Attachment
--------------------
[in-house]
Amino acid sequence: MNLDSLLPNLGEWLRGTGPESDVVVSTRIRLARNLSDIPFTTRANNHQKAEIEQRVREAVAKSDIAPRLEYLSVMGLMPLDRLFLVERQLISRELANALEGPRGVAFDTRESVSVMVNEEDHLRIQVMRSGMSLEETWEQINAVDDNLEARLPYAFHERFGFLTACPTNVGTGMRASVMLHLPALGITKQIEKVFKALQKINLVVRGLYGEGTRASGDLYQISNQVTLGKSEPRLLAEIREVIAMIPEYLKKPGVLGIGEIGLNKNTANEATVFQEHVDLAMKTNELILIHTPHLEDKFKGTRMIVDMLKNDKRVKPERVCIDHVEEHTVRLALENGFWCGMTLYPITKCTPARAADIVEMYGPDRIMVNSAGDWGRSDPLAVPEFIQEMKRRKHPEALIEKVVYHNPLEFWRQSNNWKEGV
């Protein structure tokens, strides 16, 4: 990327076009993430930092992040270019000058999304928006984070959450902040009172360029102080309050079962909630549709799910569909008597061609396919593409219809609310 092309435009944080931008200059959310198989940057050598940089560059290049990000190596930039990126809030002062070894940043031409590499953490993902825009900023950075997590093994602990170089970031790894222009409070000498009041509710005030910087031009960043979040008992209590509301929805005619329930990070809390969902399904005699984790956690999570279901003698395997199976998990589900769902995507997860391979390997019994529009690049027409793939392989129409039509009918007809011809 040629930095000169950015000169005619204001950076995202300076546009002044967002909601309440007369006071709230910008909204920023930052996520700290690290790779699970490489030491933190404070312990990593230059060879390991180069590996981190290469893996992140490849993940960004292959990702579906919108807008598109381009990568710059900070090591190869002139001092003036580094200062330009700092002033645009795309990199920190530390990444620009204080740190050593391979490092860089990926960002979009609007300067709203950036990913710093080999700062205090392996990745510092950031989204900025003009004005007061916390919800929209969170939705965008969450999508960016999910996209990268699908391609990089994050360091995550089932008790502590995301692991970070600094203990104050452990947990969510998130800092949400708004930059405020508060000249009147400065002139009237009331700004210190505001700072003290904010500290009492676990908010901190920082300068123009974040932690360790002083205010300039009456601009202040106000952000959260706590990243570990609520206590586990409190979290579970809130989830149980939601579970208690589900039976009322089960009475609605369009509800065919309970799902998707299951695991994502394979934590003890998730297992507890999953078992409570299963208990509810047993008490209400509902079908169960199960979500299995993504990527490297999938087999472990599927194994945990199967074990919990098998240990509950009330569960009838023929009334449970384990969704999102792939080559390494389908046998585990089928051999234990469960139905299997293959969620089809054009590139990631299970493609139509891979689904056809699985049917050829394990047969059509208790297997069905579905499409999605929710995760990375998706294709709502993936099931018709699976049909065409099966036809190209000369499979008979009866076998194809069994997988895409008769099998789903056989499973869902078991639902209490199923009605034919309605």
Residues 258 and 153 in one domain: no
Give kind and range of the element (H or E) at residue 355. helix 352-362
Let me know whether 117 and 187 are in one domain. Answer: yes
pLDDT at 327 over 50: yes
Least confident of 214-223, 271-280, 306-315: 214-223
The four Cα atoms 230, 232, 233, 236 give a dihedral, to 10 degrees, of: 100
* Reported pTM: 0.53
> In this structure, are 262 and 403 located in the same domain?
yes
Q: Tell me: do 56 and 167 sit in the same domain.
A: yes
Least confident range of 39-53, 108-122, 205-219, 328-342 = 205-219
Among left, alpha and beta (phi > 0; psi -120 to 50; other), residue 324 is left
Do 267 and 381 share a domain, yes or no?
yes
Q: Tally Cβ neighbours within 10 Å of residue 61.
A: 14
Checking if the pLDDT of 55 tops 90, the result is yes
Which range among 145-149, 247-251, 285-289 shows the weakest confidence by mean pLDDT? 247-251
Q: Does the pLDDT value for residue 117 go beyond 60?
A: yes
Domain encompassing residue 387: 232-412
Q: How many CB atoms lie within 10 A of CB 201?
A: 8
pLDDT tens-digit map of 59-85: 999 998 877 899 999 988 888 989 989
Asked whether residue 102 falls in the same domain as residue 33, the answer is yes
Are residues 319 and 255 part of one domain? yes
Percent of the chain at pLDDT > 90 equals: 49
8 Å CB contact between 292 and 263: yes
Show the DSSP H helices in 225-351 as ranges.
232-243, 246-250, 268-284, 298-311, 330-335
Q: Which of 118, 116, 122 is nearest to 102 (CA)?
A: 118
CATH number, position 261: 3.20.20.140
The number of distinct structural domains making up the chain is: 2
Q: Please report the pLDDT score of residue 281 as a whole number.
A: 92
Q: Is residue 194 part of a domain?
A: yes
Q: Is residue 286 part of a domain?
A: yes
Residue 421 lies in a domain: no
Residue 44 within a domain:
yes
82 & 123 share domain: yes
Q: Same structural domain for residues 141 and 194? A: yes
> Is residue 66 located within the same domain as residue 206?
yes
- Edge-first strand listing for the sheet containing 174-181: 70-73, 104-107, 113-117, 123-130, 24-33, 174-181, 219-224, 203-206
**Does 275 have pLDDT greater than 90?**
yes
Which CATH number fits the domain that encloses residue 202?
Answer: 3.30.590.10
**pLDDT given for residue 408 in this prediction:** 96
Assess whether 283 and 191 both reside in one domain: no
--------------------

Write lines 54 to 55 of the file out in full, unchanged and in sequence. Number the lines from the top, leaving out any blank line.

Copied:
yes
Which CATH number fits the domain that encloses residue 202?